The Federal Circuit noted that the preferred embodiment is not described as having certain unique characteristics of patentable distinction from other disclosed embodiments. Nor are traditional aspects of restrictive claim construction present (e.g., no disavowal or damaging statements present in the specification), and thus, Inline is entitled to claim scope commensurate with the invention that is described in the specification.
The Federal Circuit also analyzed the prosecution history, and found no support for any estoppel or disclaimer of claim scope. The Federal Circuit found that during prosecution, Inline distinguished its invention from cited art on the basis that "[n]owhere in [cited art] is there any disclosure, teaching or suggestion to modify the container therein to provide a tamper evident bridge that connects a cover portion to a base portion." The distinction between the cited art and the '003 device has no relation to the number of score lines on a tear strip, but rather to differences in the structure and opening mechanism as a whole.
EasyPak attacked Inline over phases of the prosecution asserting that a declaration submitted for long-felt need limited the claims to having two score lines, and that other declarations submitted for commercial success had the same limiting effect. The Federal Circuit found no such statements in the declarations, and also noted that the patent examiner placed no emphasis on the number of severable lines whatsoever in making the determination of allowable subject matter.
The Federal Circuit noted that there simply is no discussion in the specification or the prosecution history of any patentability reliance on the number of score lines by which the frangible section is severed.
The doctrine of claim differentiation also supported Inline, in that Claim 4 depends from claim 2 and is specific to the embodiment of two parallel score lines.
Thus, the Federal Circuit found that the District Court erred in limiting the claims to a specific embodiment.
Claim Term "tamper evident bridge"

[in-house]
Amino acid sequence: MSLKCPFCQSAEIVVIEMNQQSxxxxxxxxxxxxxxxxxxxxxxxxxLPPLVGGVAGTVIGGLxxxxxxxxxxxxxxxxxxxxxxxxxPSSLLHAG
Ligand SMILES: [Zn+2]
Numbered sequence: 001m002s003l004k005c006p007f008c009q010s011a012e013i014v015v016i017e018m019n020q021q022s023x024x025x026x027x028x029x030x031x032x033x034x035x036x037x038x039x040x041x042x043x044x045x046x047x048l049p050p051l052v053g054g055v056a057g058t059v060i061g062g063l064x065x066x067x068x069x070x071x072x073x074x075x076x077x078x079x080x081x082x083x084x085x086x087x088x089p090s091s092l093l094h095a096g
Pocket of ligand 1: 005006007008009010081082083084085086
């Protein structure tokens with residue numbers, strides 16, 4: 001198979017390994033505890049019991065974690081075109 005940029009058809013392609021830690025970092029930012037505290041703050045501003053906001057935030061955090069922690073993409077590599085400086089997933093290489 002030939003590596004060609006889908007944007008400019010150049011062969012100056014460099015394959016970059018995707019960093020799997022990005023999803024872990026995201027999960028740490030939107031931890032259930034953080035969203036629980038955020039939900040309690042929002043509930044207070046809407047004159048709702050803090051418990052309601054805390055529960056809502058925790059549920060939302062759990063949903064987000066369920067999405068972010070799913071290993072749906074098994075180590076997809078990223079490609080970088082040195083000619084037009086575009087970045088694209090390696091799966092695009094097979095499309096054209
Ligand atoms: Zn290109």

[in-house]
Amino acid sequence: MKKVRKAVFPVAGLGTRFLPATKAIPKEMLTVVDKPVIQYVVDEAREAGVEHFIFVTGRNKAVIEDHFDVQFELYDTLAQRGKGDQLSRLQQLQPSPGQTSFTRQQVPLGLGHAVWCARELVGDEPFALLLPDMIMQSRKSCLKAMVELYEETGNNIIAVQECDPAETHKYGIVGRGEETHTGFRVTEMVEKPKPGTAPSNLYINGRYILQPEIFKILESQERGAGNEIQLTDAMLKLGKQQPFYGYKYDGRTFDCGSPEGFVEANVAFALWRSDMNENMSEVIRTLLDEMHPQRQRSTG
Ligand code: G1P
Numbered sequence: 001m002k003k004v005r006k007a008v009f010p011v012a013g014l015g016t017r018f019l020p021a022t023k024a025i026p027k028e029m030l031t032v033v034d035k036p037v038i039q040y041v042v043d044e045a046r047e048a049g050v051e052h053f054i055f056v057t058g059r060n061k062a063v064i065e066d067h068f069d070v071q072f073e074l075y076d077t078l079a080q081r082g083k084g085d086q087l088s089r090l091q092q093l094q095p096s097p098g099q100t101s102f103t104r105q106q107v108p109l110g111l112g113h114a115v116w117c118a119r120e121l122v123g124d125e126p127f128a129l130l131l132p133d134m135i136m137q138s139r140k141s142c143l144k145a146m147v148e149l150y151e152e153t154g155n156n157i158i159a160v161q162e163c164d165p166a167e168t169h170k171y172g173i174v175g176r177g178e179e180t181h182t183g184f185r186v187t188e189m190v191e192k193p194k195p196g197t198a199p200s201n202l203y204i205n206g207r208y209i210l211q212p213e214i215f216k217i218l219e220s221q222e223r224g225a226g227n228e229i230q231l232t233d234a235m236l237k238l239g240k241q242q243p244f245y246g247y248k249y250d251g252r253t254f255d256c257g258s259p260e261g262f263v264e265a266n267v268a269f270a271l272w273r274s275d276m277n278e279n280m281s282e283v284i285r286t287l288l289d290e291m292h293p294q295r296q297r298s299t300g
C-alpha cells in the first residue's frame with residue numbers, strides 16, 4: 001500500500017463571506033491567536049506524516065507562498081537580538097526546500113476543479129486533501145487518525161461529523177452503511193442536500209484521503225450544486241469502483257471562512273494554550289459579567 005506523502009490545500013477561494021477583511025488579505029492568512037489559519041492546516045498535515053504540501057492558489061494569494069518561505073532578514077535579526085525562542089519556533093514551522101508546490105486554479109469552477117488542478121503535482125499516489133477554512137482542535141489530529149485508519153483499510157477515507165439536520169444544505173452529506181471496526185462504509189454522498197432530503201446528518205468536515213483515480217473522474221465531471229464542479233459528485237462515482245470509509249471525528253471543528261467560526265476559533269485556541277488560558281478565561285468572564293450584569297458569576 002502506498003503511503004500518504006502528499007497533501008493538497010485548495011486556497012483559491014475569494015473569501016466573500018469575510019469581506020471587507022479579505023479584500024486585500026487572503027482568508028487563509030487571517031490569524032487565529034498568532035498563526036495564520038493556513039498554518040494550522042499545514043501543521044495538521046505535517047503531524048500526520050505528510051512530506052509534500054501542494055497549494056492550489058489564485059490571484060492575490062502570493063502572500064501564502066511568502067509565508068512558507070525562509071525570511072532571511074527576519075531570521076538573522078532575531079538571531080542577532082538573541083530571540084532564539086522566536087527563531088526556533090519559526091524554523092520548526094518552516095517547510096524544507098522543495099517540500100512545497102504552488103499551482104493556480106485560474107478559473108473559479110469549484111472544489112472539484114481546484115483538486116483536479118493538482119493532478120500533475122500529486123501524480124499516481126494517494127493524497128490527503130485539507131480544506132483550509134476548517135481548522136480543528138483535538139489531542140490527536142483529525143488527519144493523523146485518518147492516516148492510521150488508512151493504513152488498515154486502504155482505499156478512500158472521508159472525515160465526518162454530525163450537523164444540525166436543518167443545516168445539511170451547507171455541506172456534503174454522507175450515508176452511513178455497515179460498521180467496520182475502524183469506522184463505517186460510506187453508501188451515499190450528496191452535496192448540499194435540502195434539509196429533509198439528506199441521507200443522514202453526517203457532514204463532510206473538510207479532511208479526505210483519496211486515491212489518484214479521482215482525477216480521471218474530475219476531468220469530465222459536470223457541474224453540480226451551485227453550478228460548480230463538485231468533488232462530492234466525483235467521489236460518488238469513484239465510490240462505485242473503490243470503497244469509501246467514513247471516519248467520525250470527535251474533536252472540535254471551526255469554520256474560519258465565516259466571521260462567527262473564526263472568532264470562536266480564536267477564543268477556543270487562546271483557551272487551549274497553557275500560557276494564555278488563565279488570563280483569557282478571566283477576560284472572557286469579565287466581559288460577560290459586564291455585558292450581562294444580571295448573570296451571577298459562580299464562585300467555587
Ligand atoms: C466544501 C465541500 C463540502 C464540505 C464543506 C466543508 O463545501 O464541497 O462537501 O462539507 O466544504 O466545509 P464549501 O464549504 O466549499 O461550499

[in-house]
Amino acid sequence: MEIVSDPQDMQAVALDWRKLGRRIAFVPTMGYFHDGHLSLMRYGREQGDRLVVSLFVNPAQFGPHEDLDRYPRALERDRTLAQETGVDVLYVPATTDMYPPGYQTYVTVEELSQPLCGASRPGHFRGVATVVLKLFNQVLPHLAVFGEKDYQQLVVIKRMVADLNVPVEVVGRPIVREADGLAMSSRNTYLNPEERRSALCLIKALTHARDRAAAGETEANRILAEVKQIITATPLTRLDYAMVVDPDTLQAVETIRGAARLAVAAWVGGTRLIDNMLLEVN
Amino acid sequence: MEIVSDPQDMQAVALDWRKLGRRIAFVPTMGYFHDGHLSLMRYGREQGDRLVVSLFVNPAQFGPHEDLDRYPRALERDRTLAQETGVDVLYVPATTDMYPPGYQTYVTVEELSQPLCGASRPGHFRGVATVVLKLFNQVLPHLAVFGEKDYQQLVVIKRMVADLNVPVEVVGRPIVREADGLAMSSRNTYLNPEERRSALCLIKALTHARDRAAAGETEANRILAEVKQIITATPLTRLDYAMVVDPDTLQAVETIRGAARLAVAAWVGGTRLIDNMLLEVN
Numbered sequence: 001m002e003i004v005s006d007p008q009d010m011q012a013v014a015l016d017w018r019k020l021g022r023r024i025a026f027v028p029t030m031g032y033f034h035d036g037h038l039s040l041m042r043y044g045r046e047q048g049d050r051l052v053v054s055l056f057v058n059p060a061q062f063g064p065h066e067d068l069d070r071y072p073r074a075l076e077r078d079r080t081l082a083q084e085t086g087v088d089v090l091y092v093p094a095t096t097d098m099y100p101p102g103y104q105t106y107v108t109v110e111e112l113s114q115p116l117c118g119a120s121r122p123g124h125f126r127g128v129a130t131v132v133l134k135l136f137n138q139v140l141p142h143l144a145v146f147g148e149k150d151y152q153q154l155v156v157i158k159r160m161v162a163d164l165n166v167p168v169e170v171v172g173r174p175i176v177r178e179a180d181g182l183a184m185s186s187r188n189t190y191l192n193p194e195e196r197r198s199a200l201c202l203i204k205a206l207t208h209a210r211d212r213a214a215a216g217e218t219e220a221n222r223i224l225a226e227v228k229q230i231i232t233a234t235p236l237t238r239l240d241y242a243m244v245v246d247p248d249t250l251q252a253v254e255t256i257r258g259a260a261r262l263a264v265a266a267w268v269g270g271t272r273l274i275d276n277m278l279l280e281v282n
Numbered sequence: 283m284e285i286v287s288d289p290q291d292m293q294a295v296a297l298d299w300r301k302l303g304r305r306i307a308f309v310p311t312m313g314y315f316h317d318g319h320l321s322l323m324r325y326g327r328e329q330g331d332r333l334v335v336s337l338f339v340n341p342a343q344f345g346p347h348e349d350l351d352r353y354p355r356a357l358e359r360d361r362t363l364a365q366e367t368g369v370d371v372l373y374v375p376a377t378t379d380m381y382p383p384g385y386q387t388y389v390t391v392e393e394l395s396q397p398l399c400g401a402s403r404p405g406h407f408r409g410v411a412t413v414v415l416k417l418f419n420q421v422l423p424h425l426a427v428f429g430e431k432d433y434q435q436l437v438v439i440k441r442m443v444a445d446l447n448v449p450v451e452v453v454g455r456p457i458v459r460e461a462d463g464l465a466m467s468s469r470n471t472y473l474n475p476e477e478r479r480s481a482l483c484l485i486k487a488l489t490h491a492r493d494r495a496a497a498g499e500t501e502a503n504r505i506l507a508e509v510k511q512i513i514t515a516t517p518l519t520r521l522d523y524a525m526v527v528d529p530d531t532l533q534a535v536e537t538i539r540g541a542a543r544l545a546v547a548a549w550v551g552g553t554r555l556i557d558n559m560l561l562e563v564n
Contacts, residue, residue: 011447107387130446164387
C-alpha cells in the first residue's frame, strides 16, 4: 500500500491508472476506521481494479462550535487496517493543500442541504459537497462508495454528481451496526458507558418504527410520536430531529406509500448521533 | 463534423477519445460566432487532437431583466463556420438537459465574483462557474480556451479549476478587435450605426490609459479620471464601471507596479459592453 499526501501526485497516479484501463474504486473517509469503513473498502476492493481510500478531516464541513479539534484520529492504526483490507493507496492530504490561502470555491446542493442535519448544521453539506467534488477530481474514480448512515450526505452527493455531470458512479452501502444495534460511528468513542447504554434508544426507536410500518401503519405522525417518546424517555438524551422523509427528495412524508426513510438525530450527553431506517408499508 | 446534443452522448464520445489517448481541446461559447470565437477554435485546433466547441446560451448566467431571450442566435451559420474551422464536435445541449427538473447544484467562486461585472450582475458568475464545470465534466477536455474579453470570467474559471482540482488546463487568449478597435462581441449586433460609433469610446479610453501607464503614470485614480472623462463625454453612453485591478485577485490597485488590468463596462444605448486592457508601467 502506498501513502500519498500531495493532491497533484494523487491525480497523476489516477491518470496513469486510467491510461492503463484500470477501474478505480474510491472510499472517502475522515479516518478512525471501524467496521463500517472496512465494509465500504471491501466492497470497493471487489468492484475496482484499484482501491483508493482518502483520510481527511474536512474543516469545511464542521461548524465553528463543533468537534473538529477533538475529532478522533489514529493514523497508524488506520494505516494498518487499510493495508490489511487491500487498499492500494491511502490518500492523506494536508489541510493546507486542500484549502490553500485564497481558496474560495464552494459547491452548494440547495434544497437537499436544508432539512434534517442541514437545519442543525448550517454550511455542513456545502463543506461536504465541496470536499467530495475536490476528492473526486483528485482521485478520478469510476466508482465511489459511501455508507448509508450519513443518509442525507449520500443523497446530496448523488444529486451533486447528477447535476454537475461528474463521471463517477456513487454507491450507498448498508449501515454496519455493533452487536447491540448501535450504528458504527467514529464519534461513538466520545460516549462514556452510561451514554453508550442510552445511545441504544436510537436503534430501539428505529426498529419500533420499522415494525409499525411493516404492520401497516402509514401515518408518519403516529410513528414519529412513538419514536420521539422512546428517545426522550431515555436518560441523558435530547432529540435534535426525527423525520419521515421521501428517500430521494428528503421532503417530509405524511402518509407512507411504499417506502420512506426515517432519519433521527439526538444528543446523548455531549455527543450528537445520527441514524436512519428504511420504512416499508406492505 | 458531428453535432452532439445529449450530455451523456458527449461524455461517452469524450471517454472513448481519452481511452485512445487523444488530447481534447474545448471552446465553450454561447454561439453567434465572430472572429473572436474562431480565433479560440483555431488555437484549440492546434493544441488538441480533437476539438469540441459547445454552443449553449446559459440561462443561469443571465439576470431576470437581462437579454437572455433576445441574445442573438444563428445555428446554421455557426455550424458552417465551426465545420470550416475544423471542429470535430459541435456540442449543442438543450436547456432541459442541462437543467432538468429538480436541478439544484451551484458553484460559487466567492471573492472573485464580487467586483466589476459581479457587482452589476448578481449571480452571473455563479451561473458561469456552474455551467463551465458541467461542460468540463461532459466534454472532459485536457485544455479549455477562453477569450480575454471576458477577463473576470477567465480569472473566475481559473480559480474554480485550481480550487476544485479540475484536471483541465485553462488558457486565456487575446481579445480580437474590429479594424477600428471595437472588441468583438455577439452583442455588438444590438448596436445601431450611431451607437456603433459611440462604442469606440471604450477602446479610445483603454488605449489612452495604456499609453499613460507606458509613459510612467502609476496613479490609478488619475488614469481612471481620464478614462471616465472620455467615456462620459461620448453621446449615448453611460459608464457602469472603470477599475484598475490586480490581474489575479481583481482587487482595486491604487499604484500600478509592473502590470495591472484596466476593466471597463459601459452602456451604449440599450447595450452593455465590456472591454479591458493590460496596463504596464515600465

Construction of this claim term was also found to be in error since it similarly relied on the "two score lines". The Federal Circuit reconstructed it to be "at least one".
It is curious to note the District Court's strict conclusion and reliance on a "preferred embodiment" that ignored the patent application's explicit recitation of alternatives so as to issue a limiting claim construction. An odd reference to a "frequency with which the specification described the frangible section as having two score lines that form a severable strip," is not enough for this conclusion. Generally, this will always be the case, in which the invention is overwhelmingly described in terms of a "preferred embodiment", and thus, will have a high frequency of description of that manner. Other alternatives of the invention are usually described with less frequency in the specification, or even mentioned only one time per alternative. Making sure that each alternative is recited the same number of times would result in redundant descriptions and lengthy patent applications, and just does not make sense to do.
In any event, it is long-standing case law that for broad patent disclosures, i.e., those that include description of many embodiments, absent any disavowal of claim scope or specific language in the specification limiting to one/preferred embodiment, claim terms should not be so limited. And, here, the Federal Circuit followed such law.
Inline Plastics Corp. v. EasyPak, LLC (Fed. Cir. 2015)
Panel: Circuit Judges Newman, Clevenger, and Dyk
Opinion by Circuit Judge Newman